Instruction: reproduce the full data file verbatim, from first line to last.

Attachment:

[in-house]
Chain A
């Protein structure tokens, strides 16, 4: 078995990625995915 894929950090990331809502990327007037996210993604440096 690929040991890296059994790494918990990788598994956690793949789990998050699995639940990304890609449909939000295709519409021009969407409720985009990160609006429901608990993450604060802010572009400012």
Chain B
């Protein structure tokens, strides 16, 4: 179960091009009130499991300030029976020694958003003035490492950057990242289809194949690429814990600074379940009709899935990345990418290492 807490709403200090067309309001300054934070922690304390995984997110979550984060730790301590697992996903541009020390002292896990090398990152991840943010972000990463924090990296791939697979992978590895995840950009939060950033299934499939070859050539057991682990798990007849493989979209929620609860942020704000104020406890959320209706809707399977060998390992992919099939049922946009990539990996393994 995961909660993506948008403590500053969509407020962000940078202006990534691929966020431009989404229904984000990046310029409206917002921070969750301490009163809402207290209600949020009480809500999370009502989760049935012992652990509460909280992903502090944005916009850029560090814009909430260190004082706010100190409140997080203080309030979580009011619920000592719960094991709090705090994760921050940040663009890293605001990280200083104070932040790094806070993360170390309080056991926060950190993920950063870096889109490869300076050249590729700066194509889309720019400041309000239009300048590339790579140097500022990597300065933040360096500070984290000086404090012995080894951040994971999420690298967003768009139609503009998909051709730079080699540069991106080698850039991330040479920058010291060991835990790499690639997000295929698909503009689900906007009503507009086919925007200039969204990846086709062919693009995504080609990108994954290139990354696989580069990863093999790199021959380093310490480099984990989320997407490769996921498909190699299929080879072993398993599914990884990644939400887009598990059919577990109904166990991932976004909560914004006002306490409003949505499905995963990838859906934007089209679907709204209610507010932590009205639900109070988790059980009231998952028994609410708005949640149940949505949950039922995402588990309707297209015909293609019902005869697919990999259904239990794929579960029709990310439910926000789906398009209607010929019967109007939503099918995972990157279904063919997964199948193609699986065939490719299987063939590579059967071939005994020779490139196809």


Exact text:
[in-house]
Chain A
């Protein structure tokens, strides 16, 4: 078995990625995915 894929950090990331809502990327007037996210993604440096 690929040991890296059994790494918990990788598994956690793949789990998050699995639940990304890609449909939000295709519409021009969407409720985009990160609006429901608990993450604060802010572009400012």
Chain B
């Protein structure tokens, strides 16, 4: 179960091009009130499991300030029976020694958003003035490492950057990242289809194949690429814990600074379940009709899935990345990418290492 807490709403200090067309309001300054934070922690304390995984997110979550984060730790301590697992996903541009020390002292896990090398990152991840943010972000990463924090990296791939697979992978590895995840950009939060950033299934499939070859050539057991682990798990007849493989979209929620609860942020704000104020406890959320209706809707399977060998390992992919099939049922946009990539990996393994 995961909660993506948008403590500053969509407020962000940078202006990534691929966020431009989404229904984000990046310029409206917002921070969750301490009163809402207290209600949020009480809500999370009502989760049935012992652990509460909280992903502090944005916009850029560090814009909430260190004082706010100190409140997080203080309030979580009011619920000592719960094991709090705090994760921050940040663009890293605001990280200083104070932040790094806070993360170390309080056991926060950190993920950063870096889109490869300076050249590729700066194509889309720019400041309000239009300048590339790579140097500022990597300065933040360096500070984290000086404090012995080894951040994971999420690298967003768009139609503009998909051709730079080699540069991106080698850039991330040479920058010291060991835990790499690639997000295929698909503009689900906007009503507009086919925007200039969204990846086709062919693009995504080609990108994954290139990354696989580069990863093999790199021959380093310490480099984990989320997407490769996921498909190699299929080879072993398993599914990884990644939400887009598990059919577990109904166990991932976004909560914004006002306490409003949505499905995963990838859906934007089209679907709204209610507010932590009205639900109070988790059980009231998952028994609410708005949640149940949505949950039922995402588990309707297209015909293609019902005869697919990999259904239990794929579960029709990310439910926000789906398009209607010929019967109007939503099918995972990157279904063919997964199948193609699986065939490719299987063939590579059967071939005994020779490139196809």